New York Rangers Prospects Central

Ask a Prospect -- Chris Kreider

Rangers' latest first-round draft pick answers questions from fans

Wednesday, 07.01.2009 / 2:04 PM / Prospects Central
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Ask a Prospect -- Chris Kreider
 
Kreider
Chris Kreider, the left wing chosen by the Rangers in the first round of the 2009 NHL Entry Draft, is at the MSG Training Center this week, attending the annual Rangers Prospect Development Camp.

We invited fans to submit questions for Kreider here on newyorkrangers.com, and he was gracious enough to respond to many of them. Here are the questions and his answers:


Bob Dunne from Smithtown, N.Y., asks:

Since you are going to be at Boston College next season, do you feel any pressure to win the Hobey Baker Award? More seriously, do you have a set time-table to reach the Rangers or will you be happy as long as you make it to the Rangers?

Kreider's response:


I want to go in (to Boston College) and make an impact right away as a freshman and earn my spot and hopefully do whatever I can to help the team win a national championship because that's ultimately the big goal. I have no set timetable for  reaching New York, but I'll be very happy just making it. It really depends on how I play and how I develop. I'm just focusing on the here and the now and freshman fall.



Scott Van Bourgondien from Virginia Beach, Va., asks:

I was wondering how you would rate yourself as a goal-scorer on a scale of 1 to 10?

Kreider's response:


Probably a 6.5 or a 7. I think that I'm a goal-scorer, but I think that I need to finish my opportunities that much more.



Bernie Gartenlaub from Lido Beach, N.Y., asks:

How do you put your upcoming college education in perspective when by all indications in the press you will leave college after two years to play proffesional hockey?

Kreider's response:


I think that either way, even if I was to leave college early, I would go back and finish my education, because it's important. But at the same time, you know, playing hockey for the rest of my life is equally important to me. I guess in terms of my priorities, I want to be a professional hockey player, but I also want to have the opportunity to be educated. There is life after hockey.



John from New Jersey asks:


How did prep-school hockey help your game and what was the toughest team you played?

Kreider's response:

Prep school definitely helped my game. It was a step up from where I had come from, so everything really improved for me. I had to be more defensively aware, which is something I still need to improve on. I'm always able to work out some bad habits, and I still have a few. You always will, and you always have to work to get rid of those. I think one of the toughest teams we played against was probably Salisbury in the prep playoffs. They were a pretty well-rounded team.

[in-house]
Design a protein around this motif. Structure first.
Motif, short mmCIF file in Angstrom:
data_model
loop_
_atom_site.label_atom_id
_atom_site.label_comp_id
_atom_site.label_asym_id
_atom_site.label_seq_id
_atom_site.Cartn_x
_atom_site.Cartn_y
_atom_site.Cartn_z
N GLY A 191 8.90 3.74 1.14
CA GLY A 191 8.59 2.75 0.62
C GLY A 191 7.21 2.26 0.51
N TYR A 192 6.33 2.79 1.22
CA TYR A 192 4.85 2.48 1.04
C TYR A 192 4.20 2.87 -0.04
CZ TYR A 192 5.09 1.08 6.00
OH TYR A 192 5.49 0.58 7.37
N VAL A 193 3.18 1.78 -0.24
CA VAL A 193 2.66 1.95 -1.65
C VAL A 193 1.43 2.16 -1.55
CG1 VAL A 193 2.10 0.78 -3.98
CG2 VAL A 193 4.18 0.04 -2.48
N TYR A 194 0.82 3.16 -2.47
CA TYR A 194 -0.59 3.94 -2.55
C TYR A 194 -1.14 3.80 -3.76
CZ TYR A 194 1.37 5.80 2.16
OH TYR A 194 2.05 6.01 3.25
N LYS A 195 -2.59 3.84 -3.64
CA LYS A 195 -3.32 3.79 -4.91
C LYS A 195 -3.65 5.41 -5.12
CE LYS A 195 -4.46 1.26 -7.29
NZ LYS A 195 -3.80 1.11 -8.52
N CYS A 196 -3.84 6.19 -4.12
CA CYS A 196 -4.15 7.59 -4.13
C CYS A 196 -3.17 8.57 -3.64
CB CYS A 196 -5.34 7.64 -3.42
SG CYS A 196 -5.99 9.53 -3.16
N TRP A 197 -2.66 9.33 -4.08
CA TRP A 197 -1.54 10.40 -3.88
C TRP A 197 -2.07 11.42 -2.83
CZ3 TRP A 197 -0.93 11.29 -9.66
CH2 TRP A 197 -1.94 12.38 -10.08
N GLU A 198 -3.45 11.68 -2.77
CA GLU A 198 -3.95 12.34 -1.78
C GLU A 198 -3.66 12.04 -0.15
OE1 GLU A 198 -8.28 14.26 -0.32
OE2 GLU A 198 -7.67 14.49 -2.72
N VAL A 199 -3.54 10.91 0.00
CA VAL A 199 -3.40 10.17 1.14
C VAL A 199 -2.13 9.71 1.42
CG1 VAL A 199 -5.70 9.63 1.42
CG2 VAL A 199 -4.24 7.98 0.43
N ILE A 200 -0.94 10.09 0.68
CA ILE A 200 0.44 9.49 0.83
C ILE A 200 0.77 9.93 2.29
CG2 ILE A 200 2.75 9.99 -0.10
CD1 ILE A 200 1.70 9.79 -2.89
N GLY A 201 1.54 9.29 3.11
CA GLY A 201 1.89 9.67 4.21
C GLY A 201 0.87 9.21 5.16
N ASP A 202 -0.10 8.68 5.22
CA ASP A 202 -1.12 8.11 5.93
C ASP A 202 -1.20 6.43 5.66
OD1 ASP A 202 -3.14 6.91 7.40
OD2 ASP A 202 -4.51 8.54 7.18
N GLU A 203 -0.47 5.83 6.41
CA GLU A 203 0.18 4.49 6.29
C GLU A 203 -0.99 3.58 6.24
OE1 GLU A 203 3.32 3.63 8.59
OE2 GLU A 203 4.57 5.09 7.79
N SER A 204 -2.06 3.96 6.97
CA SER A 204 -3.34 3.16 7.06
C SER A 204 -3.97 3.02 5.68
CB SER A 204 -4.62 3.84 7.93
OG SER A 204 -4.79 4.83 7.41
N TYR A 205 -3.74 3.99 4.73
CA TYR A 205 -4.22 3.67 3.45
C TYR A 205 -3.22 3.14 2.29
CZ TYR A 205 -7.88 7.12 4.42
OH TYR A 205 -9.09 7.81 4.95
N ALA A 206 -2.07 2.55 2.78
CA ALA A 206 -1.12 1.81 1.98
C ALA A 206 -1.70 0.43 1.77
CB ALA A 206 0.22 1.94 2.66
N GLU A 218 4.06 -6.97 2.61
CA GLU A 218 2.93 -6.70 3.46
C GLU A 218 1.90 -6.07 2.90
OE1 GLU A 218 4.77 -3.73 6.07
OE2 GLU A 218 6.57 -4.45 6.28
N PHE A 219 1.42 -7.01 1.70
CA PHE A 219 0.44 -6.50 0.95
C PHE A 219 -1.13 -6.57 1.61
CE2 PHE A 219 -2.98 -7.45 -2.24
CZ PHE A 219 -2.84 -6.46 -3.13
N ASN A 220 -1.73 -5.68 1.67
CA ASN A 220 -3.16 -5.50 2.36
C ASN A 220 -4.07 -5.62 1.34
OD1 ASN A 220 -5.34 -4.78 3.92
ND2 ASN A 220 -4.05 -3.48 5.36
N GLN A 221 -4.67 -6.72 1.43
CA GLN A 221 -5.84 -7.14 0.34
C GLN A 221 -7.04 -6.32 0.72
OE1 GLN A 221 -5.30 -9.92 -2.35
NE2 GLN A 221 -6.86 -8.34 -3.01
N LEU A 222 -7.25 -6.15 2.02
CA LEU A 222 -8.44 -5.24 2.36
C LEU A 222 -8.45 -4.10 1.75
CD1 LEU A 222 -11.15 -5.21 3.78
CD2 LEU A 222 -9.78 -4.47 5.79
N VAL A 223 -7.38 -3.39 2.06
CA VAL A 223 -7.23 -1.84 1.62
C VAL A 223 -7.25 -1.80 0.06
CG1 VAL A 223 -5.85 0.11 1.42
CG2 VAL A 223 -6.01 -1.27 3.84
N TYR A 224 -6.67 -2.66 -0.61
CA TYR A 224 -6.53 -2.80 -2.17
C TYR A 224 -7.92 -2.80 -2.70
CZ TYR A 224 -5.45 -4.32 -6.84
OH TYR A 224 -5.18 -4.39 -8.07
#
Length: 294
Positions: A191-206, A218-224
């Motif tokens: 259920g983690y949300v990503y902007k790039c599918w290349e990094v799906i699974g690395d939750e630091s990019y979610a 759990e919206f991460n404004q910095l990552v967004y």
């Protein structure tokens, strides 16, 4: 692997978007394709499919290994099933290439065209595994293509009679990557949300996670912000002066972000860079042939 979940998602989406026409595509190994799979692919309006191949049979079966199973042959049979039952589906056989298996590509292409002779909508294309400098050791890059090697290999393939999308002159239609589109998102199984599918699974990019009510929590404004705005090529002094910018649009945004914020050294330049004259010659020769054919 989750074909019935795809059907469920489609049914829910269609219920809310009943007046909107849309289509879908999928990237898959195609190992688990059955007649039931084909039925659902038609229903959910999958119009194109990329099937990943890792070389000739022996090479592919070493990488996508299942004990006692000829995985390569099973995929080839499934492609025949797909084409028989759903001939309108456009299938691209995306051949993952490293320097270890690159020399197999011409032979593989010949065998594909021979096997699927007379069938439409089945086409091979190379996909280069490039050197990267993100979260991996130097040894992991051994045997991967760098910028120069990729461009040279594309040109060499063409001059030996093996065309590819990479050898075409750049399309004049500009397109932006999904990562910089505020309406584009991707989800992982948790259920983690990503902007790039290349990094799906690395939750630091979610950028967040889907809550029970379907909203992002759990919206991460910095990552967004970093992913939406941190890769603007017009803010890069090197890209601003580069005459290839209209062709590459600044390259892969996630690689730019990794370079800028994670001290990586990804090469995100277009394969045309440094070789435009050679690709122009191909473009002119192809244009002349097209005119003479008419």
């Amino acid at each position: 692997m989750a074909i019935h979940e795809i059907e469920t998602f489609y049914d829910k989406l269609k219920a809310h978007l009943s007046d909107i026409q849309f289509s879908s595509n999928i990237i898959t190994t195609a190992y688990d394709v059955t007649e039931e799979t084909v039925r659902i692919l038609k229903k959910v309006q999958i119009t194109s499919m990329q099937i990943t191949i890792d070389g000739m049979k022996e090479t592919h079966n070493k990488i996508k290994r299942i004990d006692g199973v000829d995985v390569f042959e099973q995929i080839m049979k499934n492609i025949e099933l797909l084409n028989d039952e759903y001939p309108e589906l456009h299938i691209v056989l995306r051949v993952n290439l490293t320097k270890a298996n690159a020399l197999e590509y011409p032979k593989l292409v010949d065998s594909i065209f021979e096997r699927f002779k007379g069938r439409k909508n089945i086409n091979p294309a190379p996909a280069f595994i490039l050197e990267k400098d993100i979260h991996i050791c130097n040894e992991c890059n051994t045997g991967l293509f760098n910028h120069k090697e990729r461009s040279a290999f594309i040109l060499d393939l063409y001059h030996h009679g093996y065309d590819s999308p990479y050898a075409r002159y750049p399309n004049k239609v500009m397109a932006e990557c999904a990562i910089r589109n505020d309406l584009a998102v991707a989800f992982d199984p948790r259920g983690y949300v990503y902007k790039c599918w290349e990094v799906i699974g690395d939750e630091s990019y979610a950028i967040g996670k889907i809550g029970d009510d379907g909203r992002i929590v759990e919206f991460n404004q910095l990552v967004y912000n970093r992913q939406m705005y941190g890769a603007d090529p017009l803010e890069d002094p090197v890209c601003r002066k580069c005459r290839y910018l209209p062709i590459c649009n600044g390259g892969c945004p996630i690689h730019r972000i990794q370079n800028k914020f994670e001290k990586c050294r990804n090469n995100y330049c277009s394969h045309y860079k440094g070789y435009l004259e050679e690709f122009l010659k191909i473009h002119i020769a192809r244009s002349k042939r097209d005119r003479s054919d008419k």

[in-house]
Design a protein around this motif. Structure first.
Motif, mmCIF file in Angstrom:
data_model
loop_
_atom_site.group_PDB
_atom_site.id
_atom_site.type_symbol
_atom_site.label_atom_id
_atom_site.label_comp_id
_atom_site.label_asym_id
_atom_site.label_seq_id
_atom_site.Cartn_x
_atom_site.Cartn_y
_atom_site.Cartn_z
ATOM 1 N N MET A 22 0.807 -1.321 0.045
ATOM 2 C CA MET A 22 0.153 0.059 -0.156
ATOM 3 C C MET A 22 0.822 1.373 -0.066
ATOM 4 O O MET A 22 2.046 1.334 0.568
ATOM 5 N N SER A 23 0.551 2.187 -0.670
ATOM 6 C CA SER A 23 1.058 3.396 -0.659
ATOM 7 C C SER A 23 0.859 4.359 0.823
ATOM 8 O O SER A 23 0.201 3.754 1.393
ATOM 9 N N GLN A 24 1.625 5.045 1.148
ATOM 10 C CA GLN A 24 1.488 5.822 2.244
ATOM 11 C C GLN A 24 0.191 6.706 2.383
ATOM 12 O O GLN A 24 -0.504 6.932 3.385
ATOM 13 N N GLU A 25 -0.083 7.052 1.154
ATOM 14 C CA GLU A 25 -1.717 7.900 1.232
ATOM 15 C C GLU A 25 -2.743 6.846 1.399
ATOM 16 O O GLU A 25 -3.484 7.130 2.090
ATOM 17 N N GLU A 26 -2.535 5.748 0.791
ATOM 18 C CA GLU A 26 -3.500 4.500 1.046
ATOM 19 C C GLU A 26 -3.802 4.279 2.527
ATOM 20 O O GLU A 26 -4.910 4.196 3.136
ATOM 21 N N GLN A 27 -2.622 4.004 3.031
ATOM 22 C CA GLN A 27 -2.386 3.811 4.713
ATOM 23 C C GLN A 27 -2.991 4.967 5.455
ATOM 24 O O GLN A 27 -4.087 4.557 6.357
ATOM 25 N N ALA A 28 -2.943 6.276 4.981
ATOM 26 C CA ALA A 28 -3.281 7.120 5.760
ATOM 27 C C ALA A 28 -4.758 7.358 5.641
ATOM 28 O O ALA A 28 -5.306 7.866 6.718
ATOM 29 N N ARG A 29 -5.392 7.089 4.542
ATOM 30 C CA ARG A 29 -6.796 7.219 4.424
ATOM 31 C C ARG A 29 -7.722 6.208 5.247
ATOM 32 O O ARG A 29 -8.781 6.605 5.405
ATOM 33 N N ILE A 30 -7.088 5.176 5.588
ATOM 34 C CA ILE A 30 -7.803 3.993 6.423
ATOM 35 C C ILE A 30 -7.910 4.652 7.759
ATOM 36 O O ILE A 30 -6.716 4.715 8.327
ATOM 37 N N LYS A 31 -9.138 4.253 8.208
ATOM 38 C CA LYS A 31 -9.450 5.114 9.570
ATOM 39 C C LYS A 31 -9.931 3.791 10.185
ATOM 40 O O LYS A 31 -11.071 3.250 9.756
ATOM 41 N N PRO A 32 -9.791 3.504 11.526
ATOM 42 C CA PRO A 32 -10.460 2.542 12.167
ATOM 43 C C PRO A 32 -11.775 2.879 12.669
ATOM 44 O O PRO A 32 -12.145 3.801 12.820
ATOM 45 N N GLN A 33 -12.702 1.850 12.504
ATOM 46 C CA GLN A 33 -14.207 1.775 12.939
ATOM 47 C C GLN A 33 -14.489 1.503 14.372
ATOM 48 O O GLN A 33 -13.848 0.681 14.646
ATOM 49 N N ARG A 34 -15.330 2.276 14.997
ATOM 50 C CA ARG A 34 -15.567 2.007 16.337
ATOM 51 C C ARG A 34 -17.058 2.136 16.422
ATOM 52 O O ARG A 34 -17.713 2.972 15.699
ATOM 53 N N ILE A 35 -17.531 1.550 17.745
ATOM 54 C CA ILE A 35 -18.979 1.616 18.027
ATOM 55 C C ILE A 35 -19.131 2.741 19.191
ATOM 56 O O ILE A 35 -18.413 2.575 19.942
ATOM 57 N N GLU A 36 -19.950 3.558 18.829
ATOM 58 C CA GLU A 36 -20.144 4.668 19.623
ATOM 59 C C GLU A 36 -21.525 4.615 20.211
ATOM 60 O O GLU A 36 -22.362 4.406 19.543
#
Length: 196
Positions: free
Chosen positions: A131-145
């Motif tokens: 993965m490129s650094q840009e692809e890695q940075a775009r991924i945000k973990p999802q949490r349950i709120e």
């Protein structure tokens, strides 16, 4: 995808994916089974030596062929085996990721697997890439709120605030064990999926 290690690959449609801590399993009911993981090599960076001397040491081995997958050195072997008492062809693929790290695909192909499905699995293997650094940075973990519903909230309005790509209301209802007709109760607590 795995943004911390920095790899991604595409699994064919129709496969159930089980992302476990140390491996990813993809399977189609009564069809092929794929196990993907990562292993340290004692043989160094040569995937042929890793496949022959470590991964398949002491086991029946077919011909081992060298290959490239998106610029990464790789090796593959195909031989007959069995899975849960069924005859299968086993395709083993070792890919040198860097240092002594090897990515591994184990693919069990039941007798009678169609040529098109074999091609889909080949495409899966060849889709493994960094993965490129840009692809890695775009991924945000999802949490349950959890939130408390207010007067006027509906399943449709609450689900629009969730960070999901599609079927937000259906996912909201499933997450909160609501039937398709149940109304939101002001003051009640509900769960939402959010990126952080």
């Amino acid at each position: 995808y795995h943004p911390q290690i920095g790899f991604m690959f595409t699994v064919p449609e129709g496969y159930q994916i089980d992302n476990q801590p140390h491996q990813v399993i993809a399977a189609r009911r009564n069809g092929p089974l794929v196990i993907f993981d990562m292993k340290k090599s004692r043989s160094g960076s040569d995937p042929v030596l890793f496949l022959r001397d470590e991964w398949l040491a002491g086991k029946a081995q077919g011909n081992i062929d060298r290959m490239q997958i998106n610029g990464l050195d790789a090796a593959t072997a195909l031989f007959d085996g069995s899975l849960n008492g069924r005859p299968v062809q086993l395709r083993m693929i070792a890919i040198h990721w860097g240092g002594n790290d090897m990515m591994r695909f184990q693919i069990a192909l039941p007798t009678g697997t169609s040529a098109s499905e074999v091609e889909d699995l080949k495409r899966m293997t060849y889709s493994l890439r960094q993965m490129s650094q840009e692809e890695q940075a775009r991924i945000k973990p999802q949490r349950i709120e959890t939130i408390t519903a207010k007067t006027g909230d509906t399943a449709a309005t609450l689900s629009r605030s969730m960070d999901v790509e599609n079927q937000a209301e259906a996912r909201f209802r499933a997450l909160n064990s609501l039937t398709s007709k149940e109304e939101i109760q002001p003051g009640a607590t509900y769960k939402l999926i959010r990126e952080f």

Teresa from Brooklyn, N.Y., asks:

How much more do you feel that you can develop? Do you think you'll be ready if the Blueshirts need you sooner than you know?

Kreider's response:


I think one of my assets is that I have more potential. I just recently hit a growth spurt and I don't think I'm totally mature yet or fully developed. I think that I can get stronger and bigger, and I think I can continue to develop and mature. I think that if I was called upon earlier than expected, I'd be hopefully ready to go.



Jack from Boston, Mass., asks:

Do you feel extra pressure at development camp since you were a first round pick?  Were you nervous going into camp knowing some of the people that you would be there with?

Kreider's response:

There's a little pressure, but a lot of what the draft is differs from some other professional sports leagues, where you are drafting fully matured men. The draft is based on potential and the concept of an 18-year-old developing into a better player, so I guess there wasn't a huge amount of pressure (coming here), but I certainly want to perform well either way.



Thomas Fleischman from Poughkeepsie, N.Y., asks:

What emotions where you feeling before and after the draft?

Kreider's response:

It's almost impossible to explain. It's just one of the greatest feelings in the world. Everything kind of coming to a pinnacle, but at the same time, everything is also just kind of starting. It's a great step and I was beyond thrilled and extremely surprised. I didn't think I was going to go that high just because there were some names still on the board that I could never picture myself going before. I definitely though they'd be gone before I even got considered.

It was tough sitting there at the draft, just because there are so many commercial breaks and everything is so dragged out, but at the same time it's a great build up. I guess it was good that I didn't go in with really high expectations (about draft position). I felt I had come so far. Before Andover, I was playing at a Division II public school where most kids don't go on to play at the college level or are even considered by NHL teams, so I was just kind of excited to be there.



Dan from New York, N.Y., asks:

What did you think when you found out that Ryan Bourque, a childhood friend from your hometown, was also drafted by the Rangers?

Kreider's response:


I thought it was funny. We were both laughing because it's such a small world. I hadn't seen him since middle school because he went off to prep school, and then when I went to prep school, he was already in Ann Arbor, so it's kind of weird not seeing a kid for four or five years and then being his roommate at a conditioning camp for a professional team.

Look for more prospects' responses to fans' questions in the days to come here on newyorkrangers.com. 




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